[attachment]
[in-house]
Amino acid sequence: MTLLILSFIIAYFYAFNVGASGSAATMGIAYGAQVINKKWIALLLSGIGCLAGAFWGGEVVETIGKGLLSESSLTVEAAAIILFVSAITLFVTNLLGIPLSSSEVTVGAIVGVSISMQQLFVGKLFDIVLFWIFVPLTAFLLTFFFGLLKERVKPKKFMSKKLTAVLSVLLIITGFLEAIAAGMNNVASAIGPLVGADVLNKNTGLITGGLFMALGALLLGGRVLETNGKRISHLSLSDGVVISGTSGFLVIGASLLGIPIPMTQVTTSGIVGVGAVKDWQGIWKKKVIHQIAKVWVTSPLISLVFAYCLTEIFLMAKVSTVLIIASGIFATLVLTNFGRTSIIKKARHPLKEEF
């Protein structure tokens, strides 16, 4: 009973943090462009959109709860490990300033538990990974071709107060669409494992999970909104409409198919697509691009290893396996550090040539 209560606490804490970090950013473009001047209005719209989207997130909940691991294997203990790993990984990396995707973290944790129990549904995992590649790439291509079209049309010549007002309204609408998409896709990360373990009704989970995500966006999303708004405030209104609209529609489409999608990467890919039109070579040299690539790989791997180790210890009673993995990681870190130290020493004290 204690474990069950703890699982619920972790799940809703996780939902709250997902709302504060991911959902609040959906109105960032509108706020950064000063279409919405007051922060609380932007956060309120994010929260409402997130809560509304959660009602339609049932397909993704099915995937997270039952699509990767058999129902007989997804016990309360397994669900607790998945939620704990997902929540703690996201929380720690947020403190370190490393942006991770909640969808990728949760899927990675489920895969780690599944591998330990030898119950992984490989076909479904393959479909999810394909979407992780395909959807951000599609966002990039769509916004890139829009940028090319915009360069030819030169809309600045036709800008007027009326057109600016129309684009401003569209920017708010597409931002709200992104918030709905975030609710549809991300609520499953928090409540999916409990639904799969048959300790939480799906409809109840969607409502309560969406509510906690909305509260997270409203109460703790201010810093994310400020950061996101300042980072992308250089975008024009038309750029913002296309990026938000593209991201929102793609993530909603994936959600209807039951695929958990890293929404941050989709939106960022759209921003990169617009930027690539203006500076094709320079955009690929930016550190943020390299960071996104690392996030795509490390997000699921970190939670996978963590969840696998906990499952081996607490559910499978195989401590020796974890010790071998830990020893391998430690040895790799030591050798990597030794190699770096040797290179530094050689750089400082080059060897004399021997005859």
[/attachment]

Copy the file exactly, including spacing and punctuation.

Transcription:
[in-house]
Amino acid sequence: MTLLILSFIIAYFYAFNVGASGSAATMGIAYGAQVINKKWIALLLSGIGCLAGAFWGGEVVETIGKGLLSESSLTVEAAAIILFVSAITLFVTNLLGIPLSSSEVTVGAIVGVSISMQQLFVGKLFDIVLFWIFVPLTAFLLTFFFGLLKERVKPKKFMSKKLTAVLSVLLIITGFLEAIAAGMNNVASAIGPLVGADVLNKNTGLITGGLFMALGALLLGGRVLETNGKRISHLSLSDGVVISGTSGFLVIGASLLGIPIPMTQVTTSGIVGVGAVKDWQGIWKKKVIHQIAKVWVTSPLISLVFAYCLTEIFLMAKVSTVLIIASGIFATLVLTNFGRTSIIKKARHPLKEEF
């Protein structure tokens, strides 16, 4: 009973943090462009959109709860490990300033538990990974071709107060669409494992999970909104409409198919697509691009290893396996550090040539 209560606490804490970090950013473009001047209005719209989207997130909940691991294997203990790993990984990396995707973290944790129990549904995992590649790439291509079209049309010549007002309204609408998409896709990360373990009704989970995500966006999303708004405030209104609209529609489409999608990467890919039109070579040299690539790989791997180790210890009673993995990681870190130290020493004290 204690474990069950703890699982619920972790799940809703996780939902709250997902709302504060991911959902609040959906109105960032509108706020950064000063279409919405007051922060609380932007956060309120994010929260409402997130809560509304959660009602339609049932397909993704099915995937997270039952699509990767058999129902007989997804016990309360397994669900607790998945939620704990997902929540703690996201929380720690947020403190370190490393942006991770909640969808990728949760899927990675489920895969780690599944591998330990030898119950992984490989076909479904393959479909999810394909979407992780395909959807951000599609966002990039769509916004890139829009940028090319915009360069030819030169809309600045036709800008007027009326057109600016129309684009401003569209920017708010597409931002709200992104918030709905975030609710549809991300609520499953928090409540999916409990639904799969048959300790939480799906409809109840969607409502309560969406509510906690909305509260997270409203109460703790201010810093994310400020950061996101300042980072992308250089975008024009038309750029913002296309990026938000593209991201929102793609993530909603994936959600209807039951695929958990890293929404941050989709939106960022759209921003990169617009930027690539203006500076094709320079955009690929930016550190943020390299960071996104690392996030795509490390997000699921970190939670996978963590969840696998906990499952081996607490559910499978195989401590020796974890010790071998830990020893391998430690040895790799030591050798990597030794190699770096040797290179530094050689750089400082080059060897004399021997005859």